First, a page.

Text: After the Sabbath, at dawn on the first day of the week, Mary Magdalene and the other Mary went to look at the tomb.
2 There was a violent earthquake, for an angel of the Lord came down from heaven and, going to the tomb, rolled back the stone and sat on it. 3 His appearance was like lightning, and his clothes were white as snow. 4 The guards were so afraid of him that they shook and became like dead men.
5 The angel said to the women, “Do not be afraid, for I know that you are looking for Jesus, who was crucified. 6 He is not here; he has risen, just as he said. Come and see the place where he lay. 7 Then go quickly and tell his disciples: ‘He has risen from the dead and is going ahead of you into Galilee. There you will see him.’ Now I have told you.”
8 So the women hurried away from the tomb, afraid yet filled with joy, and ran to tell his disciples. 9 Suddenly Jesus met them. “Greetings,” he said. They came to him, clasped his feet and worshiped him. 10 Then Jesus said to them, “Do not be afraid. Go and tell my brothers to go to Galilee; there they will see me.”
After a hard winter, spring is a welcome season! Trees are beginning to bud. Lawns are becoming green. Crocuses and daffodils are greeting the warming sun. Soon tulips, azaleas, and lilacs will burst open with blossoms. It makes one wonder how glorious the world must have been when it was first created, especially that pinnacle of beauty God designed in particular for Adam and Eve: the Garden of Eden.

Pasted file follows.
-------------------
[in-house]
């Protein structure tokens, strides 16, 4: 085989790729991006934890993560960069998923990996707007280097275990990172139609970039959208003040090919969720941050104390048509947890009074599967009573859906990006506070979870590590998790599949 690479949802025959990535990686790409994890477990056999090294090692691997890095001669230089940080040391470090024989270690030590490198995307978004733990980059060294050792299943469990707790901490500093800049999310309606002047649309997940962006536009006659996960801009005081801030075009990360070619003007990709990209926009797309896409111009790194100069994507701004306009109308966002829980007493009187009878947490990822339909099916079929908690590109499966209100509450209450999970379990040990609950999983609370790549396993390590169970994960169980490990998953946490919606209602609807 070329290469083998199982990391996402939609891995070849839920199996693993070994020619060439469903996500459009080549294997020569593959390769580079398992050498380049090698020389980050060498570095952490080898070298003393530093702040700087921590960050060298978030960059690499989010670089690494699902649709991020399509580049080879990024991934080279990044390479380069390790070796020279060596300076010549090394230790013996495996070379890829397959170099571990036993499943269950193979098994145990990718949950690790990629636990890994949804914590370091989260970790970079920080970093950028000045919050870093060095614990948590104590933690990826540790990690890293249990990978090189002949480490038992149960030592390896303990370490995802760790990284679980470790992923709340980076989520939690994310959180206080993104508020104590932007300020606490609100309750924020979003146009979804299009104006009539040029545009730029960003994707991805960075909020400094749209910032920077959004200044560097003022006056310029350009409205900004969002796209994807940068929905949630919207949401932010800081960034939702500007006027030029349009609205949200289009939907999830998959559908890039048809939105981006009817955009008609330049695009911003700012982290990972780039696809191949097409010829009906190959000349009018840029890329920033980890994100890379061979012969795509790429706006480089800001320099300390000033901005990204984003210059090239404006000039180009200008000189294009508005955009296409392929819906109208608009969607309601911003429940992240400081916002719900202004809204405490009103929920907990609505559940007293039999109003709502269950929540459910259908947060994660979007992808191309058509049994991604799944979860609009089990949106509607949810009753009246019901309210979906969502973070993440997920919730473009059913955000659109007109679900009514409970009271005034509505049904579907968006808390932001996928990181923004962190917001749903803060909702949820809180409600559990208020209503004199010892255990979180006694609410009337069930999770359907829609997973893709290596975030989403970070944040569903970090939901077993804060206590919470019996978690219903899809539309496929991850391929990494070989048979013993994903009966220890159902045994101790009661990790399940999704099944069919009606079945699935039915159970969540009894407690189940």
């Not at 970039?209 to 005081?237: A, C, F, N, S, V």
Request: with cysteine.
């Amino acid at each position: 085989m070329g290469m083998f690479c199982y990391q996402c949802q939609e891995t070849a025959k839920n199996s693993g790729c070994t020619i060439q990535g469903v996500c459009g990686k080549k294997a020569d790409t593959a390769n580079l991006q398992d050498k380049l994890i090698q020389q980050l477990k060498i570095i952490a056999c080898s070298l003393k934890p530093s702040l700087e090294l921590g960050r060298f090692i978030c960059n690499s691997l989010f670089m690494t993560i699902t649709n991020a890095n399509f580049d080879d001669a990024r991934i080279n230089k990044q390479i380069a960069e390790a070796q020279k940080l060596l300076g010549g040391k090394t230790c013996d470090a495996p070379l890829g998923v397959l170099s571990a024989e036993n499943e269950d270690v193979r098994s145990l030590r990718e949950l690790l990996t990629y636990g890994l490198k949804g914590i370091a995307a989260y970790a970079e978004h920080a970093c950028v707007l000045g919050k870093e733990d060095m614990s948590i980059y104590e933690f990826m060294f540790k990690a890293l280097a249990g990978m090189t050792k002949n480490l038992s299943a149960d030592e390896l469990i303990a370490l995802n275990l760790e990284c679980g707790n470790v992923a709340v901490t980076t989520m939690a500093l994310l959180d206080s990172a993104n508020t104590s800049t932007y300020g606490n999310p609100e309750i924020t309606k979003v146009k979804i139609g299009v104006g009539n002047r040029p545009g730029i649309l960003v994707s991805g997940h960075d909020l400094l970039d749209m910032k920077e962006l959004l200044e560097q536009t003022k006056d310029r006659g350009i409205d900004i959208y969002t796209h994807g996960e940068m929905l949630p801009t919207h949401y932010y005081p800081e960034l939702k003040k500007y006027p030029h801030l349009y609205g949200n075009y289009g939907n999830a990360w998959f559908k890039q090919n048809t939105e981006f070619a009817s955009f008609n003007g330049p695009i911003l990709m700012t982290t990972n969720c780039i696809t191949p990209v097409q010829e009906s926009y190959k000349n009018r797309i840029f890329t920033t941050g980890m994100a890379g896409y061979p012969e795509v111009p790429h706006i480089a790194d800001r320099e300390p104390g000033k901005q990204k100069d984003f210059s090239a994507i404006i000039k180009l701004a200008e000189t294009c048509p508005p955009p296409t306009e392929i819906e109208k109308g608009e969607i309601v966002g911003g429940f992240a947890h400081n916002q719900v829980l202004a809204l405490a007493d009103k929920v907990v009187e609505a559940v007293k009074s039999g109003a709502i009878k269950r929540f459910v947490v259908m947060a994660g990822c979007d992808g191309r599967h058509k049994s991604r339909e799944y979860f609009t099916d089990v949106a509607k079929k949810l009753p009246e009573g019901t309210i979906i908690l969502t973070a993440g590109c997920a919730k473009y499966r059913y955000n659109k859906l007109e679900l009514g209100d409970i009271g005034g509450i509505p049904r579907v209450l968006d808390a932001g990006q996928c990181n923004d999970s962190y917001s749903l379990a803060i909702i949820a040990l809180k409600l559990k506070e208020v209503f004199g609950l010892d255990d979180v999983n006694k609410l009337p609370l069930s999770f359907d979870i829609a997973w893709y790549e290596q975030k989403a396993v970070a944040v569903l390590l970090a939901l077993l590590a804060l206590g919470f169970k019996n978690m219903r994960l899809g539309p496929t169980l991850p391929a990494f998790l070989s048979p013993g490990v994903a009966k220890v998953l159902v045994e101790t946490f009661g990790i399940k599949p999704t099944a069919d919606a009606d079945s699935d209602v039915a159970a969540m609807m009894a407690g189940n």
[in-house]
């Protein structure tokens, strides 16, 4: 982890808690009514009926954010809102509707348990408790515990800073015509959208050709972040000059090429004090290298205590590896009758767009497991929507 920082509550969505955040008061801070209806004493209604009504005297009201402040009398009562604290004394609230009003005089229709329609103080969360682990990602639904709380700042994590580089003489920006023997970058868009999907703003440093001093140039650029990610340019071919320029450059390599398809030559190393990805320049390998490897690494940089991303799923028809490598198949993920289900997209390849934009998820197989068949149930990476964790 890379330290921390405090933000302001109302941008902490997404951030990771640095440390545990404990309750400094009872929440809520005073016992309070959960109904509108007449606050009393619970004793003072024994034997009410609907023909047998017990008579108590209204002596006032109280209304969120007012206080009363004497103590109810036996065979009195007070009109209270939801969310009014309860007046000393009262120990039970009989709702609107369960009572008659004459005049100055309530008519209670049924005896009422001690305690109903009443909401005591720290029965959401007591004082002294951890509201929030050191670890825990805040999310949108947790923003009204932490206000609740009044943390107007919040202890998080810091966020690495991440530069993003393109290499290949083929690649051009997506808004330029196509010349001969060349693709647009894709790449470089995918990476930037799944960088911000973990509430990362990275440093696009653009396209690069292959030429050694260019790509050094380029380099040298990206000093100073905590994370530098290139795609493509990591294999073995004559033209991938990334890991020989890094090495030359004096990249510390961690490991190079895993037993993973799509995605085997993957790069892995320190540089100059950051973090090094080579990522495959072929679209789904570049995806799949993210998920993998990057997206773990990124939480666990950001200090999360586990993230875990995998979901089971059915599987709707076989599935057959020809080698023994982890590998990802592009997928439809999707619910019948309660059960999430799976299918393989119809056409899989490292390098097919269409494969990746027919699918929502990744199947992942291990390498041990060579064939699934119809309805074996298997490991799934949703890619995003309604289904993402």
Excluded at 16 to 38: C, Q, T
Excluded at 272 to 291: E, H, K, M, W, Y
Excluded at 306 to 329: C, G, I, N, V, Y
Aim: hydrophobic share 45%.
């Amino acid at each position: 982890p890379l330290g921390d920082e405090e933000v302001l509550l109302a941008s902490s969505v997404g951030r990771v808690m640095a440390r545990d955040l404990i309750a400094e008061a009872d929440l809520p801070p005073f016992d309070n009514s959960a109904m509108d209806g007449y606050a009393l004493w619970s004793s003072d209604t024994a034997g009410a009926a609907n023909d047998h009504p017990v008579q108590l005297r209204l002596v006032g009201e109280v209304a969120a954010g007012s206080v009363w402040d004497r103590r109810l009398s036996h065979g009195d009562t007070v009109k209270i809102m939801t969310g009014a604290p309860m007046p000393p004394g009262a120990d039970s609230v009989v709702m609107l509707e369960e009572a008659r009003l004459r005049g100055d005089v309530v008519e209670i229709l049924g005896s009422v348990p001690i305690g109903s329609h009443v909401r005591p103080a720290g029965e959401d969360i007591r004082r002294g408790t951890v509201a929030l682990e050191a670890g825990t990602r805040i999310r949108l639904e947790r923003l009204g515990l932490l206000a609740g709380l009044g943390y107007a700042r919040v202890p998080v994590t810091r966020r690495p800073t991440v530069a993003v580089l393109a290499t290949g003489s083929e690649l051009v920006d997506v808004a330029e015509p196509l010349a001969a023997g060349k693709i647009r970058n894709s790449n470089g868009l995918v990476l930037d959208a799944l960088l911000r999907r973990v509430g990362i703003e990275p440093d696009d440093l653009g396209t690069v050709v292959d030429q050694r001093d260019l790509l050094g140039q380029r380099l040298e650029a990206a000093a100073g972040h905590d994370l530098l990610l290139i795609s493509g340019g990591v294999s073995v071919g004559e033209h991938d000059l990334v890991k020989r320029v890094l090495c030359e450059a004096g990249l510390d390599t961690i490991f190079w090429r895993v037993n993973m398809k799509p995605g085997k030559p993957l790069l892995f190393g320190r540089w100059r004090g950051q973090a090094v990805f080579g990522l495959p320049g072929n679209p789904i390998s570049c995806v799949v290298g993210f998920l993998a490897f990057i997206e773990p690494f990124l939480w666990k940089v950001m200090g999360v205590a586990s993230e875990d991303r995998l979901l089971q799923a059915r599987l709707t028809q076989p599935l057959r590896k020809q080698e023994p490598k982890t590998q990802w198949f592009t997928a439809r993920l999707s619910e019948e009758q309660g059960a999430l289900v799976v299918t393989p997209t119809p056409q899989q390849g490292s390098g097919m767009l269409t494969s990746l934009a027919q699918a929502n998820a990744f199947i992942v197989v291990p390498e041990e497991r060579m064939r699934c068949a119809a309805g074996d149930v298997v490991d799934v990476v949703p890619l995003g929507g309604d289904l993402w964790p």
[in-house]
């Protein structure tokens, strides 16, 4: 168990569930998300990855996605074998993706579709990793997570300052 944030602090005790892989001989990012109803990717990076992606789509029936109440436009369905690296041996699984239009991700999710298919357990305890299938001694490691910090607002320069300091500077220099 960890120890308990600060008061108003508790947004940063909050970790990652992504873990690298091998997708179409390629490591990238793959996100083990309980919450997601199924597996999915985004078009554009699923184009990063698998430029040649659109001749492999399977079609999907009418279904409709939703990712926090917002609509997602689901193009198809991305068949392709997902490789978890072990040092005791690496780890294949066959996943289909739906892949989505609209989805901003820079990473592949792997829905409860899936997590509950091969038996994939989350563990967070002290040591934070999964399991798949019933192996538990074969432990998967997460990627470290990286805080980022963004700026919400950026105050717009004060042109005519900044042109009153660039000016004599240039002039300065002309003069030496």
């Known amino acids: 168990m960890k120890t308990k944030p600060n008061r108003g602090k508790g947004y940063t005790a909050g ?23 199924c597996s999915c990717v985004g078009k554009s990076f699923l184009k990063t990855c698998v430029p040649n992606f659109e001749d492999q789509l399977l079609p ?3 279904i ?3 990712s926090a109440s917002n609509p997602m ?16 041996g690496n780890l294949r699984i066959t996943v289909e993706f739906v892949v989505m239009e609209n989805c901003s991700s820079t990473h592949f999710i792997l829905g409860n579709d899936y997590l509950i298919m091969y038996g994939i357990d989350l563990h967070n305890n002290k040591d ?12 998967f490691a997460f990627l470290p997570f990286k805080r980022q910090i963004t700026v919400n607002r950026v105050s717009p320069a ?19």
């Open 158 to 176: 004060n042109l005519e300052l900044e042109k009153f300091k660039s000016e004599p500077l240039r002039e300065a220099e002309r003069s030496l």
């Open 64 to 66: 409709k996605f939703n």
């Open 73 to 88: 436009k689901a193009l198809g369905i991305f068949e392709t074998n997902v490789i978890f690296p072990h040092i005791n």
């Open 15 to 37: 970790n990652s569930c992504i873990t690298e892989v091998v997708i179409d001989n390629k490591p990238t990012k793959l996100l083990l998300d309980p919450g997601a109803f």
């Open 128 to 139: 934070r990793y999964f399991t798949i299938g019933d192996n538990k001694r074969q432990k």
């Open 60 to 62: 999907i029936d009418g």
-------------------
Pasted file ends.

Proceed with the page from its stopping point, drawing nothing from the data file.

Sadly, that first garden and the rest of creation were marred by sin. But if we can still get a sense of its original glory by looking around us—spoiled by sin though it be—then imagine how much greater is the glory coming from the garden where Christ was buried and rose again—a glory that can never fade or be marred by sin. Today let’s be filled with joy by this second garden, the garden where Christ rose from the grave. It’s a Garden of Glory. Let’s consider that it’s a glory of power and a glory of grace.
The Bible tells us that near the place where Jesus was crucified there was a garden, and in the garden there was a new tomb. Jesus’ body had been placed there. This is where the women were headed on that first Easter day. They were anxious to finish giving Jesus a proper burial. But that would prove unnecessary. Matthew chapter 28 tells us, “After the Sabbath, at dawn on the first day of the week, Mary Magdalene and the other Mary went to look at the tomb. There was a violent earthquake, for the angel of the Lord came down from heaven, and going to the tomb, rolled back the stone and sat on it. His appearance was like lightning, and his clothes were white as snow. The guards were so afraid of him that they shook and became like dead men.”
What an amazing display of power in this garden! It seems the violent earthquake was simultaneous to the angel’s entrance into our world. He was one of the mighty princes of heaven—so powerful as to toss the stone away from the tomb like a toy, so fearsome that battle-hardened soldiers dropped in sheer fright.